"We are delighted that NIDA has recognized the uniqueness and potential advantages of Selecta’s synthetic therapeutic vaccines and has elected to support Selecta’s tSVP nicotine vaccine, in a very competitive process, to address the enormous unmet medical need of smoking cessation, " said Werner Cautreels, Ph.D., Chief Executive Officer of Selecta Biosciences. "We view a nicotine vaccine as one of our promising programs that are poised to advance into human clinical trials based on our progress with Selecta’s technology platform. "

Selecta’s tSVP technology offers in this case a new approach to a nicotine vaccine designed to boost immune responses, or more specifically nicotine antibody titers, beyond previous technologies. Selecta's tSVP immunomodulatory nanoparticles aim to induce highly predictable immune responses, for durable effect in smoking cessation. Although previous research has shown the therapeutic potential for vaccinating against nicotine by inducing nicotine-specific antibodies, published studies with differently designed vaccines show that only a small fraction of study patients achieved anti-nicotine titers sufficient to increase smoking cessation above placebo.

For more information, see web link:
Business Wire August 16, 2010

Innovative BECOME AN EX Quit Smoking Program Goes Mobile

Legacy and Apperian Inc. have developed an app for iPhone to help smokers who want to quit to "re-learn" their lives without cigarettes on the go with EX. Research estimates that nearly six million people worldwide will lose their lives to tobacco this year, and in the ever-evolving mobile society, innovation in public health education is essential. The Become An EX App provides smokers with a portable version of the comprehensive three-step EX plan available online at

Quitting on the go just got a little easier with the Become An EX App developed with Apperian Inc. and creative conception by GSD&M Idea City. The app allows users to connect directly to the EX plan to help smokers beat their smoking cravings. Users can play games, watch videos or read top news articles to overcome an urge to smoke by re-focusing their minds on something other than cigarettes. Smokers can also use the app to monitor their smoking behavior throughout the day, so that they can have advance knowledge about when a cigarette craving will most likely hit and can be better prepared to handle it. The app also connects users to the online EX community at where they can provide and receive support from other EX members. The EX community is a convening point for smokers who want to quit and collaborate on their successes and challenges in the difficult quit process. The app will provide continued updates and include more features in future months.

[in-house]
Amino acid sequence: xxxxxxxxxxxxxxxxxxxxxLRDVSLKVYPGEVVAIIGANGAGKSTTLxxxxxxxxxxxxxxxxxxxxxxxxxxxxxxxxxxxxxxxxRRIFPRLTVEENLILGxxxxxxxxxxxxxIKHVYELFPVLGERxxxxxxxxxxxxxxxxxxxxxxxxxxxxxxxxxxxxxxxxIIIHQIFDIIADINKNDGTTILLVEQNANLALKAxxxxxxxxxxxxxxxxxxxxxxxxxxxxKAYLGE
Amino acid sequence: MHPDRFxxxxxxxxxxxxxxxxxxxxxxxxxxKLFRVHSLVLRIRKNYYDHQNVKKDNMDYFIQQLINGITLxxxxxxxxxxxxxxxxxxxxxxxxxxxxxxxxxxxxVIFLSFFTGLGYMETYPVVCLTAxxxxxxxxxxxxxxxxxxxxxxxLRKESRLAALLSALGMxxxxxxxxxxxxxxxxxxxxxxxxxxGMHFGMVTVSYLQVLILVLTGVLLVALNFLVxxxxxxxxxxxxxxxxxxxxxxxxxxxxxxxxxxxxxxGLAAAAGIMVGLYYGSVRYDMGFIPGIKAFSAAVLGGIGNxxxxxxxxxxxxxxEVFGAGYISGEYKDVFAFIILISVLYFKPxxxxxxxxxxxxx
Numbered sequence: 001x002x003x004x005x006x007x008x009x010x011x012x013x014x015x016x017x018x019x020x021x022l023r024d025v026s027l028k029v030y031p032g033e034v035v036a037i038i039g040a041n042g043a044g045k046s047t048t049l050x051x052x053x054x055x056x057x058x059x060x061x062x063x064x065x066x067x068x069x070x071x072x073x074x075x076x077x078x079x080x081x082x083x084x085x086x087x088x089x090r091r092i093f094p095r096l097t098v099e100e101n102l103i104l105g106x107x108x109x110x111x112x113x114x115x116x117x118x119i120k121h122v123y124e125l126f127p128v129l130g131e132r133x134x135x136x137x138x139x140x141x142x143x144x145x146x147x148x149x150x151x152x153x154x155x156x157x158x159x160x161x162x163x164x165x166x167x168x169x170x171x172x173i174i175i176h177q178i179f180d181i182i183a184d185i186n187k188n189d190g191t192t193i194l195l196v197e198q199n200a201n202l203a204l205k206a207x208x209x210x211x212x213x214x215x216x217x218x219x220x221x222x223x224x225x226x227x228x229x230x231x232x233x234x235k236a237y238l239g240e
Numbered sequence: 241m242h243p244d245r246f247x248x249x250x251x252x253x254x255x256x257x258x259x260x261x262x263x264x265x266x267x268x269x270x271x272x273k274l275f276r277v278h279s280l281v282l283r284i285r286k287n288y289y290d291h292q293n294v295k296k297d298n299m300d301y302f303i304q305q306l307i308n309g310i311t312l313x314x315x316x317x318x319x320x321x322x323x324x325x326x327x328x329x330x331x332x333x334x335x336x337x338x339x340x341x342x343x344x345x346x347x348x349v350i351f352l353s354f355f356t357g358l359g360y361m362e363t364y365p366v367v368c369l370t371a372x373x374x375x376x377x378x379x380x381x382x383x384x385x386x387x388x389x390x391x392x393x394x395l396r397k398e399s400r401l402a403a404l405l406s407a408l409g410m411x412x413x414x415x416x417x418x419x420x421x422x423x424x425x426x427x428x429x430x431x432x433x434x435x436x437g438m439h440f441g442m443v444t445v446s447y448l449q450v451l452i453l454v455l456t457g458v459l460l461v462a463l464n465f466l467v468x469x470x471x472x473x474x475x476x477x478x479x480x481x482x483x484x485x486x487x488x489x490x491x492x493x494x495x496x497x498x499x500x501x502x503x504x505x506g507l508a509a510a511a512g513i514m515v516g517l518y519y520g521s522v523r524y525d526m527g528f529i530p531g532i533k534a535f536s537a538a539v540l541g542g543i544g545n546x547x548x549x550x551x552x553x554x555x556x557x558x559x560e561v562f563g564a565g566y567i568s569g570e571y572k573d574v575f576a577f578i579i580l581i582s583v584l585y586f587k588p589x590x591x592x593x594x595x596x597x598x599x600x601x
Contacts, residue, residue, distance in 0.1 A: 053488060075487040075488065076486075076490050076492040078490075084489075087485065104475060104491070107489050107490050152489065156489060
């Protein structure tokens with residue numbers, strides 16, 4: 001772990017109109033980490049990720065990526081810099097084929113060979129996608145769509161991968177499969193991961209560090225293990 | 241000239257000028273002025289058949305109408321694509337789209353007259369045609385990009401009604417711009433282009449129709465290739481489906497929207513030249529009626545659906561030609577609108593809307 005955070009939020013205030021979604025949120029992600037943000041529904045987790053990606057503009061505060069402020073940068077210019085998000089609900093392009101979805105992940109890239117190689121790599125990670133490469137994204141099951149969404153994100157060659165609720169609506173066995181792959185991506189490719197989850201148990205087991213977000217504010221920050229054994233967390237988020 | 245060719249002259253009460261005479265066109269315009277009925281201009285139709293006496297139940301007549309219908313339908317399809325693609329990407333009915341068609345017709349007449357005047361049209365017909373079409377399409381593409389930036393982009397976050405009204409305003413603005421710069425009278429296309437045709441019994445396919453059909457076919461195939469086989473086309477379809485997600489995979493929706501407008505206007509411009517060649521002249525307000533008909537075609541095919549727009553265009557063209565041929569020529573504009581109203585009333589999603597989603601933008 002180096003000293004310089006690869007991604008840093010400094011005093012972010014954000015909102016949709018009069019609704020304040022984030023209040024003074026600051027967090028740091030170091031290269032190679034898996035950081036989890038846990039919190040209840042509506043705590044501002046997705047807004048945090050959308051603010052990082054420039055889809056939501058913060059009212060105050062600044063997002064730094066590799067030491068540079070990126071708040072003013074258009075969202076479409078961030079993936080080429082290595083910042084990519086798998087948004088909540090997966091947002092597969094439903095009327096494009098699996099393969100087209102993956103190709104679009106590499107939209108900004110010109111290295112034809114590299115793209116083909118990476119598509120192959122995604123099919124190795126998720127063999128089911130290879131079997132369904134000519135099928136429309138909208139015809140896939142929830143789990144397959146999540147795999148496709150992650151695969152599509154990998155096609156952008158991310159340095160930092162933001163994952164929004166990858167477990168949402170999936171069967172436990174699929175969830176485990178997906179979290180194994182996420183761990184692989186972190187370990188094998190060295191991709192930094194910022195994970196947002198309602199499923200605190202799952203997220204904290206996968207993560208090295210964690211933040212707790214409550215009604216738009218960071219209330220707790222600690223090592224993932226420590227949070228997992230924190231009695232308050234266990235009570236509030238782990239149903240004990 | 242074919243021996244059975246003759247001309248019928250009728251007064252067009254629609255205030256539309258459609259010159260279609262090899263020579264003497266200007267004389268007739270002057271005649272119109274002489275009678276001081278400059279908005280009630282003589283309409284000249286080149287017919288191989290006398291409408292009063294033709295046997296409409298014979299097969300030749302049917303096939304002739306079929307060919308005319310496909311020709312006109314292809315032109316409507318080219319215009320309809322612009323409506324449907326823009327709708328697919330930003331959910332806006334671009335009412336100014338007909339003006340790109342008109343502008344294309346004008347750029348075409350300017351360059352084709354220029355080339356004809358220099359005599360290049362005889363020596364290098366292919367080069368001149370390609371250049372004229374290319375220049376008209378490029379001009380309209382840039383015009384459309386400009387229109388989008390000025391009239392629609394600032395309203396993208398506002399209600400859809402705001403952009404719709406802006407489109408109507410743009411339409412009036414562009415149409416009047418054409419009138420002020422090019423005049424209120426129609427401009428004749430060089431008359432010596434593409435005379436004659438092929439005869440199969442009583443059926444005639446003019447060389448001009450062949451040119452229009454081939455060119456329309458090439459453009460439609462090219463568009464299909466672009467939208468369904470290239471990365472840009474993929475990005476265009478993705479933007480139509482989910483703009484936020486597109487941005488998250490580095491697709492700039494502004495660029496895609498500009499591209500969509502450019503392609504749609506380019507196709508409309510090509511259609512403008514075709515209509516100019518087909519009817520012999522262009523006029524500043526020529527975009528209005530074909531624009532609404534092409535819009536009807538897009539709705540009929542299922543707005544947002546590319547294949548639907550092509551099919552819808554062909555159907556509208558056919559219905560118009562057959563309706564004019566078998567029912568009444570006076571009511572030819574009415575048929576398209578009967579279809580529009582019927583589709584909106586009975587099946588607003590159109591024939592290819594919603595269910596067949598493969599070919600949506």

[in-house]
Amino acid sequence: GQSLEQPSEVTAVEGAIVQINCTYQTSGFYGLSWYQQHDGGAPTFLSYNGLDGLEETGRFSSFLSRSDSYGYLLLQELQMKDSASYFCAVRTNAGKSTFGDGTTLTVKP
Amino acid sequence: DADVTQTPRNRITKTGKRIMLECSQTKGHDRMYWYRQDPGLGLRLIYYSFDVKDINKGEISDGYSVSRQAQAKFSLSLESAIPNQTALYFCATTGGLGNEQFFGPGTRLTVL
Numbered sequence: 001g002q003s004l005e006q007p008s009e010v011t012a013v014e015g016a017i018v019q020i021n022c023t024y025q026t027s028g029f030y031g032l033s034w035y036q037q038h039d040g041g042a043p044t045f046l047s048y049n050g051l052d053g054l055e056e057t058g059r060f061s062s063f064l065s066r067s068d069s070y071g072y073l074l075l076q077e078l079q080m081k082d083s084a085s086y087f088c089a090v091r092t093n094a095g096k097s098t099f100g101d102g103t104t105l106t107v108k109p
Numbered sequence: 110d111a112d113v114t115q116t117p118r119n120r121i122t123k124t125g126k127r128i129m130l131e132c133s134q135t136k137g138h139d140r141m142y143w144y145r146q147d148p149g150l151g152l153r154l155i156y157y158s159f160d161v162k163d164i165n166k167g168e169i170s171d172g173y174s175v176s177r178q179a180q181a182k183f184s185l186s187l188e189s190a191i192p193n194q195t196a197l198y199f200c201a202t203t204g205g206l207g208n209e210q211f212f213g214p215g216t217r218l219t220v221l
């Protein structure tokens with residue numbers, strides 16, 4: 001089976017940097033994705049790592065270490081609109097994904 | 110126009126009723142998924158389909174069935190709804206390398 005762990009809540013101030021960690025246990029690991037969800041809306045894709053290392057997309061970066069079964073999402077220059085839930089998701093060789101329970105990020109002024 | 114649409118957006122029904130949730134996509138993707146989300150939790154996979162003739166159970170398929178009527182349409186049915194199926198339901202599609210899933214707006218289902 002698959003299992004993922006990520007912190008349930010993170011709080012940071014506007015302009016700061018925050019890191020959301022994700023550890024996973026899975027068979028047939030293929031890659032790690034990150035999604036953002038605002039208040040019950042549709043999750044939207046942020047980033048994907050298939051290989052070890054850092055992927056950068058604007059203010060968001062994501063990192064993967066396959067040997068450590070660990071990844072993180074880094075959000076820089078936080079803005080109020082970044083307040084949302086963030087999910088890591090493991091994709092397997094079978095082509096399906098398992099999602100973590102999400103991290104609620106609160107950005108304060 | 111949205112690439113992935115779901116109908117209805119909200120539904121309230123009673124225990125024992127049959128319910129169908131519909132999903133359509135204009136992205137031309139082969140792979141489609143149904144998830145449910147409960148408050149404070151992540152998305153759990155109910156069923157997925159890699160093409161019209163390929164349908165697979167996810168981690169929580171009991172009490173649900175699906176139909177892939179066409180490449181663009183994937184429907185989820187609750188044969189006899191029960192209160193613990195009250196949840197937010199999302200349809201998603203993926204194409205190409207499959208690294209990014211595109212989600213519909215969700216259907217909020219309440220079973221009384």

"We are very excited to bring the EX ‘re-learn life without cigarettes’ method to the App Store," said Cheryl G. Healton, DrPH, President and CEO of Legacy. "It takes an average of 8-11 quit attempts before most smokers can quit for good and the decision to quit is by no means easy. However, access to the proper tools and resources are essential to quitting successfully and the Become An EX App will provide users access to these unique features from their phones in order to stay on track to becoming smoke-free."

"Apperian is pleased to work with Legacy and the NATC to create this innovative app," said Chuck Goldman, CEO of Apperian Inc. "We believe that the Become An EX App demonstrates how a mobile solution can play an important part in someone’s life."

The EX website provides smokers with a free three-step quit plan to help them re-learn life without cigarettes by 1) "Re-learning" their thinking on the behavioral aspects of smoking and how different smoking triggers can be overcome with practice and preparation; 2) "Re-learning" their knowledge of addiction and how medications can increase their chances for quitting success; and 3) "Re-learning" their ideas of how support from friends and family members can play a critical role in quitting.

About 70 percent of Americans who smoke want to quit, but, only about five percent of smokers are successful in quitting long-term. Quitting smoking is ultimately one of the single most important lifestyle changes people can make to improve and extend their lives. Tobacco is the leading cause of preventable death in the United States; smokers, therefore, need to be armed with all the available information to make the best, most informed choices about the smoking cessation medications and resources available to them from home or on the go.

For more information, see web link: